Updated 11/29/2010 10:48 PM
Vigil held for Rashad Walker Jr.
It is yet another vigil for a shooting victim in the City of Syracuse, but community members say the sad difference in the latest memorial is that it was for a victim who didn't even live to see his second birthday. Our Sarah Blazonis was there as community members said goodbye and searched for answers.
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SYRACUSE, N.Y. -- "It would've been better if they would've took me instead of him. I'd already lived 19 years of my life. He didn't even get to live two years of his life," said Rashad Walker Sr.
Rashad Walker Jr.
The life of Walker's son was cut tragically short this weekend when shots were fired into his van on Coolidge Ave., hitting Rashad Jr. as he sat in his car seat. The one-and-a-half-year-old died from his injuries and Monday night, the community gathered at the site of the murder to hold a vigil in his honor.
"It's sad to everybody. You don't have to be a relative or even live right here in this area. It's sad," said Jennifer Braxton, an organizer of the anit-violence group Yes We Will.
Those who knew him remember baby Rashad as a happy, cheerful child. Residents say they're not just mourning his loss, however, they're also mourning their sense of security in their neighborhoods.
"Now I really don't feel safe because bullets have no names and now a bullet has a two-year-old's name on it. That's crazy," said family friend and neighborhood resident Lara Spaights.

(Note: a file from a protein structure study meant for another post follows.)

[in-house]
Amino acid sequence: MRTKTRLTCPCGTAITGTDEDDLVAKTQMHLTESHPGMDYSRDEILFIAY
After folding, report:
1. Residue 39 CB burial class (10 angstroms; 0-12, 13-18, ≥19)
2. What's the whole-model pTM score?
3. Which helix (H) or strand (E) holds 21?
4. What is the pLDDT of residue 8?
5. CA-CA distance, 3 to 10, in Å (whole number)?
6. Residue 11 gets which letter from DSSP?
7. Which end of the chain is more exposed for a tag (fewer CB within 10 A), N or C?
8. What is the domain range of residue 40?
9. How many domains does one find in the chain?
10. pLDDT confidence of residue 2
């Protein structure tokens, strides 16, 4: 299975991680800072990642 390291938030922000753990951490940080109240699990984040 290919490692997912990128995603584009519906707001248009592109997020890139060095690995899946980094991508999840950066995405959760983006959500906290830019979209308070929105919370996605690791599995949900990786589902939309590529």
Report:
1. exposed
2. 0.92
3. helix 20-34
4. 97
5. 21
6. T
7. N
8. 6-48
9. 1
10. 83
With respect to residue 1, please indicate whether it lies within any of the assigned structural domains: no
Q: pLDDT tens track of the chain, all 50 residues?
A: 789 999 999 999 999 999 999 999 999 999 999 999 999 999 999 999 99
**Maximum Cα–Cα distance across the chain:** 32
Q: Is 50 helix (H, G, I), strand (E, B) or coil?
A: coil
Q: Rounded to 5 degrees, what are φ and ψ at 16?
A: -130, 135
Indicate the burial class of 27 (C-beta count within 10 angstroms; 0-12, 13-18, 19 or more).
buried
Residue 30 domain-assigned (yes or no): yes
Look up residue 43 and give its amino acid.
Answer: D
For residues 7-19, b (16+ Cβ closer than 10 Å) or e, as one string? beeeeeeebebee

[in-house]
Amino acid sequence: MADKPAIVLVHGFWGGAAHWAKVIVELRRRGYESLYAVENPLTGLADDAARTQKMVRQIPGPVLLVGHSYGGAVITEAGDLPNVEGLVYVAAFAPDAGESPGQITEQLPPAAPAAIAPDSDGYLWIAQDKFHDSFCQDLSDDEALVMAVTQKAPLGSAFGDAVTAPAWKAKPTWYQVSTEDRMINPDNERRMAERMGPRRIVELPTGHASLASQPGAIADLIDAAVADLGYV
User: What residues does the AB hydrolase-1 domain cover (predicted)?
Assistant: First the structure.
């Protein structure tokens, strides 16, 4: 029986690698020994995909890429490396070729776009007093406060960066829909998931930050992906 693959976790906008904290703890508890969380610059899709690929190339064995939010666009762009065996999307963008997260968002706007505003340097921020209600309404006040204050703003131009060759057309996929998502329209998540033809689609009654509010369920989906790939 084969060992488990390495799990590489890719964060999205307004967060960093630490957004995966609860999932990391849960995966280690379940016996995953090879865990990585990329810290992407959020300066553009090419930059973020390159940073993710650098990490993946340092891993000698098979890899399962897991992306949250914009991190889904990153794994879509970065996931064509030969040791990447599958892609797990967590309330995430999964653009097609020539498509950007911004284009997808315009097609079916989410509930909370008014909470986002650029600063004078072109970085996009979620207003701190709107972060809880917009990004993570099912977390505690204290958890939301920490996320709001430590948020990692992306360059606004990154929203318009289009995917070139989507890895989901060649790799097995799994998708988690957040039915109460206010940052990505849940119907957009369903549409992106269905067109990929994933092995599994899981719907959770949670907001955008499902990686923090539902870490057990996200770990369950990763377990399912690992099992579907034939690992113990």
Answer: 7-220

Baby Rashad's death follows a series of violent incidents in Syracuse during the past several weeks, many of which were committed by young people and leave citizens with questions.
"Why is it so easy?" asked one woman at the vigil. "Twelve on up to thirty something, you're shooting each other."
All are frustrated and say something has to be done to keep other young people from meeting the same fate as baby Rashad.
"I just want the police to pick it up," said Spaights. "We need more help. They need more help. They can't do it, there's too much going on."
"It starts at home, knowing who your kids are, what they're doing, where they're going, who they're dealing with and get involved," said Yarvon Wright, a minister with the Greater Evangelical Church of Christ.
While some want increased police presence and others want parental involvement, any solution will come too late to fulfill one mother's heartfelt wish.
"I just wish I had my son," said Kameka Alexander, baby Rashad's mother.
Syracuse Police are still investigating the death of Rashad Walker Jr.
A news conference will be held Tuesday morning to release more information about his death.